An EV (Electric Vehicle) based on the 2CV.
An Electric Vehicle Conversion in a Garden Shed
This video, made for the Mechanicsburg Earth Day Festival, Saturday, April 24, 2010, in Mechanicsburg, PA, is an overview of my electric vehicle (EV) conversion from beginning to end covering many of the critical parts of the electric Saturn project. I had the video looping on a TV next to the exhibit of my Saturn EV conversion. My hope was to draw people to my booth with this video, but the picture on the TV was too hard to see in the outside light and the video itself was just too long, 10 minutes. It was simply the wrong venue to play this kind of a video -- lesson learned. All in all I spoke with a very diverse group of people about my EV conversion and electric car technology in general. This was the first public showing of my electric car, it was a good day great day. For more information about my electric Saturn, please visit www.zuglet.com
ELECTRIC CAR - Part 1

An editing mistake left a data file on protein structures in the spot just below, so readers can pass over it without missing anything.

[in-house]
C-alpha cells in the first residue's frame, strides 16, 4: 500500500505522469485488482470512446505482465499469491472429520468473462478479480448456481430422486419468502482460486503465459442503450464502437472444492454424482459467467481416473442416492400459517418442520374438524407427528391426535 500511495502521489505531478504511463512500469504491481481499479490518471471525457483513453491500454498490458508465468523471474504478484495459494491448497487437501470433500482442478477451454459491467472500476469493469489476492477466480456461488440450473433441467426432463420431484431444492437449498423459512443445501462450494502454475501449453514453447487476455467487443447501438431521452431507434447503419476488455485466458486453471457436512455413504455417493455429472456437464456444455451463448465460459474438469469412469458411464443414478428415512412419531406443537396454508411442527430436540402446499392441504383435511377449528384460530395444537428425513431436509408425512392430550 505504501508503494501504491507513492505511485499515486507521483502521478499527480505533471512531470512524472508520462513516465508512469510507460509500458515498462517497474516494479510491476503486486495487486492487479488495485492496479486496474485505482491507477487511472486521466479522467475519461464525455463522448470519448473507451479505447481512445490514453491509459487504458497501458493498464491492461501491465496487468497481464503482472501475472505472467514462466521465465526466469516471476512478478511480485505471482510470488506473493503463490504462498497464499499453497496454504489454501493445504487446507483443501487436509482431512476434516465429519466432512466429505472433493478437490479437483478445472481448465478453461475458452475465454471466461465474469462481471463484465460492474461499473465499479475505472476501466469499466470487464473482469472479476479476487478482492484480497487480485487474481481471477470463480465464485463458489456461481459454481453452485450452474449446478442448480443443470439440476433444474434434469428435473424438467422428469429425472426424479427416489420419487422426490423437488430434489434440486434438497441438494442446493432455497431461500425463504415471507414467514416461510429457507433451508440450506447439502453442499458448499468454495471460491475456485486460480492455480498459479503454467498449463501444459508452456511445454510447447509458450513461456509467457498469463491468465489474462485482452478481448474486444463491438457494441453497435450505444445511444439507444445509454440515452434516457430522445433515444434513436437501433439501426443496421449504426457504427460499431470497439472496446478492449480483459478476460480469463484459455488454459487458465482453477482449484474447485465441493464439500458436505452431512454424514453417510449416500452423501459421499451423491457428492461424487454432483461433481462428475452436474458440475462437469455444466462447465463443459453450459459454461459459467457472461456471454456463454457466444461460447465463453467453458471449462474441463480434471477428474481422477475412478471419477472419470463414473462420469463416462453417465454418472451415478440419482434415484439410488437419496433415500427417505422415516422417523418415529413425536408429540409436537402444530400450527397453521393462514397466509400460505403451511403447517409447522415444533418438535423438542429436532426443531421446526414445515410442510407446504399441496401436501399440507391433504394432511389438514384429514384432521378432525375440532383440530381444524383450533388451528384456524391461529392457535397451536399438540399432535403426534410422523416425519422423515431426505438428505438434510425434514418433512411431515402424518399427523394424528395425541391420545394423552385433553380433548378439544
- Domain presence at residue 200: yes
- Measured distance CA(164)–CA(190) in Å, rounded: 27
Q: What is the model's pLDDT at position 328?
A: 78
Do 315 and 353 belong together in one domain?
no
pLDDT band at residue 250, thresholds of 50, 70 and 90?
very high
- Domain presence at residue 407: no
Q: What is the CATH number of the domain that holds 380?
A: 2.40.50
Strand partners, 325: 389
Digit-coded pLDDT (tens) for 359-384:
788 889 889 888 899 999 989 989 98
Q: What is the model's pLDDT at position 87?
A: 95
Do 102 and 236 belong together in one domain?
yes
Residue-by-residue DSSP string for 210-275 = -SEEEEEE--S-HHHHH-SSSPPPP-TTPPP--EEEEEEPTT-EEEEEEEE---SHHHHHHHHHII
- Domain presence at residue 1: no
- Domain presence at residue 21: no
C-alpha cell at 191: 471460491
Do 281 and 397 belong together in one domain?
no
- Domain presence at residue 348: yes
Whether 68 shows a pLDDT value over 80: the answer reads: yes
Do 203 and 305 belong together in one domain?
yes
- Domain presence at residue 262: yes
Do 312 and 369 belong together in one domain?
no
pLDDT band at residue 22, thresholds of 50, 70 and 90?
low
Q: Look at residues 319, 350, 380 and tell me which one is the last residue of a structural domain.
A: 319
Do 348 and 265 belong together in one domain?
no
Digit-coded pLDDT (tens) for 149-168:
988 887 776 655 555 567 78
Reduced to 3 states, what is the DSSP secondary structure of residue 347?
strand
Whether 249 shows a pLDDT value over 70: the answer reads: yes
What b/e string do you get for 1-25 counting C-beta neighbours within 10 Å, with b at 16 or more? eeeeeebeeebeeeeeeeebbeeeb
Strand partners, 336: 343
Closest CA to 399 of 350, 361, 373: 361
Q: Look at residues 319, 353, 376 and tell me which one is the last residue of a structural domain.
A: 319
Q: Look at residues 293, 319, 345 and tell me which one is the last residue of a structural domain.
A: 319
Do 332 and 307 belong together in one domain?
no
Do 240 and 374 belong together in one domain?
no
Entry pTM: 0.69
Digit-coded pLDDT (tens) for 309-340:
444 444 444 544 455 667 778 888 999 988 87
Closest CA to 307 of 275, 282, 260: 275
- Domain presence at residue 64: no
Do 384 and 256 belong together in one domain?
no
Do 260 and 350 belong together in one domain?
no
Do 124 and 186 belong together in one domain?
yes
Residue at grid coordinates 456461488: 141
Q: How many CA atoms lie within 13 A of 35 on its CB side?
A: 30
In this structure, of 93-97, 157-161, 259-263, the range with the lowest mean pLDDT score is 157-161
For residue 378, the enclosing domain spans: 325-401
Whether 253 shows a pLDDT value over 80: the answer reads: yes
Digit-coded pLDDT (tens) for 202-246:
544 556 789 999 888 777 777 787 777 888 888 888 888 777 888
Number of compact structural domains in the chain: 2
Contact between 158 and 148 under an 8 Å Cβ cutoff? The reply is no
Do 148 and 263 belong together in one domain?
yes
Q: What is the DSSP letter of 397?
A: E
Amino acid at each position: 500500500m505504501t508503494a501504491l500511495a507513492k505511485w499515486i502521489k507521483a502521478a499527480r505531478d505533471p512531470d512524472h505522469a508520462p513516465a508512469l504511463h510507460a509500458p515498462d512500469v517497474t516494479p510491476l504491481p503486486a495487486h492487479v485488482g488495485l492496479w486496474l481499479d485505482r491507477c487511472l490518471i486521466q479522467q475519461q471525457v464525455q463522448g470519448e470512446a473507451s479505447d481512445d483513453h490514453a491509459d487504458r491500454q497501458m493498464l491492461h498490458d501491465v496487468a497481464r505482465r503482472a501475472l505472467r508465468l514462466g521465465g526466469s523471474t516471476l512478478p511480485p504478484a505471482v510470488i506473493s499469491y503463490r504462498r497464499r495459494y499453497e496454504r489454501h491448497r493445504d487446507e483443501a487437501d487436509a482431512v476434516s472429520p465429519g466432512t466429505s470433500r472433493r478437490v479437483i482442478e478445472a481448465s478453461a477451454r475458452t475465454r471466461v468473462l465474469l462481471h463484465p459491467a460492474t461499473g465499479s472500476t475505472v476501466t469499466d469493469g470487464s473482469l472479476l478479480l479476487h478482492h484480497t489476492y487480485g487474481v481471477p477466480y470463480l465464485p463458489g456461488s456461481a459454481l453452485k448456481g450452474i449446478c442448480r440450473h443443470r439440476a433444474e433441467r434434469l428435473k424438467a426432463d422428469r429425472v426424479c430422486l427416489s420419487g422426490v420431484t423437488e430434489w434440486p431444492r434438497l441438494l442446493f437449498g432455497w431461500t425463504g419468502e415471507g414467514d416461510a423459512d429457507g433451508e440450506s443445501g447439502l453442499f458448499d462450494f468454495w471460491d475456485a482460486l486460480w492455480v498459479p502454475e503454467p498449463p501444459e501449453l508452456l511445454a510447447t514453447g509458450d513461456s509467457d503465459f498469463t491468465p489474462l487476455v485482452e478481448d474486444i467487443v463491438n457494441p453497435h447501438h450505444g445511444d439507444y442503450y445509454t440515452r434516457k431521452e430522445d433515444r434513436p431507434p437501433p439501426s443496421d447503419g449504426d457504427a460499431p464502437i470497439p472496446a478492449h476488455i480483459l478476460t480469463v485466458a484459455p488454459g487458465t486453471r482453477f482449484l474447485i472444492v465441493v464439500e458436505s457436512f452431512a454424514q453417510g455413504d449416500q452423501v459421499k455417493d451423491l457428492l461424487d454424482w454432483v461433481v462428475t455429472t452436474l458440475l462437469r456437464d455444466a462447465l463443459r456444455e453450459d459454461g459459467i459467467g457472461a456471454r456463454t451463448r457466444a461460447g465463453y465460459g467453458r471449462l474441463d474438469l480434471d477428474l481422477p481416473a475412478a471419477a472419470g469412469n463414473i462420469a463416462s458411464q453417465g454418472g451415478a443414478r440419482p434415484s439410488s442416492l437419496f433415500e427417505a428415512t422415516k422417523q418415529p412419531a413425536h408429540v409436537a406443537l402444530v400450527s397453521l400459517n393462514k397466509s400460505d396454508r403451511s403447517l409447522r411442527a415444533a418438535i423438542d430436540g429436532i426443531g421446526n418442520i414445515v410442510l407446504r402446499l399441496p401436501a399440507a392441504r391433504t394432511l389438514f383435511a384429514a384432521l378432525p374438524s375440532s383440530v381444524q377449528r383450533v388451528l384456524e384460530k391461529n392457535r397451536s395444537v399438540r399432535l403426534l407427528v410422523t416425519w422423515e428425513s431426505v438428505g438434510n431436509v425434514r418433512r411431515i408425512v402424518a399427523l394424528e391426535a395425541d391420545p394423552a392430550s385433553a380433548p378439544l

http://tinyurl.com/electric2-car It isn't really a complicated process to do an electric car conversion, but you will need to obtain certain specialized parts. You will need: an electric motor, deep cycle batteries, a controller, a battery charger, an adaptor kit, and various other small parts. But first, you are going to need a vehicle that you can do your electric car conversion with. Any vehicle can be used for this project, but some work better than others. Heading the list are small cars and trucks, as they are light and strong. Your first consideration as shown in the detailed plans is to find the lightest vehicle that will still do the job of hauling you and whatever cargo you carry around. Next, you will want a large DC motor that will produce power for your electric car. The larger the motor, the more power your electric car will have. Don't worry that it will be slow either. Many people have the wrong impression of electric cars; they accelerate as fast as any vehicle on the road and travel at least 50 mph. What about batteries? You will need to locate about 16-20 deep cycle batteries for your car as well. The plans outline sources of batteries, even free batteries that you can find with a little effort. The same source will probably have free DC motors too. It's just a matter of asking. Why do you need this many batteries? In order to achieve a range of up to 100 miles on a single charge. A controller is needed to fix the amount of current flowing from the batteries to the motor which determines how fast you go. The controller is connected to your old gas pedal linkage for smooth control of the vehicle. In order to charge your batteries between trips, you will need an on-board battery charger. That way you can just plug it into any common AC circuit and get charged up again. Doesn't this sound like fun? Isn't it time you got started on your own conversion project?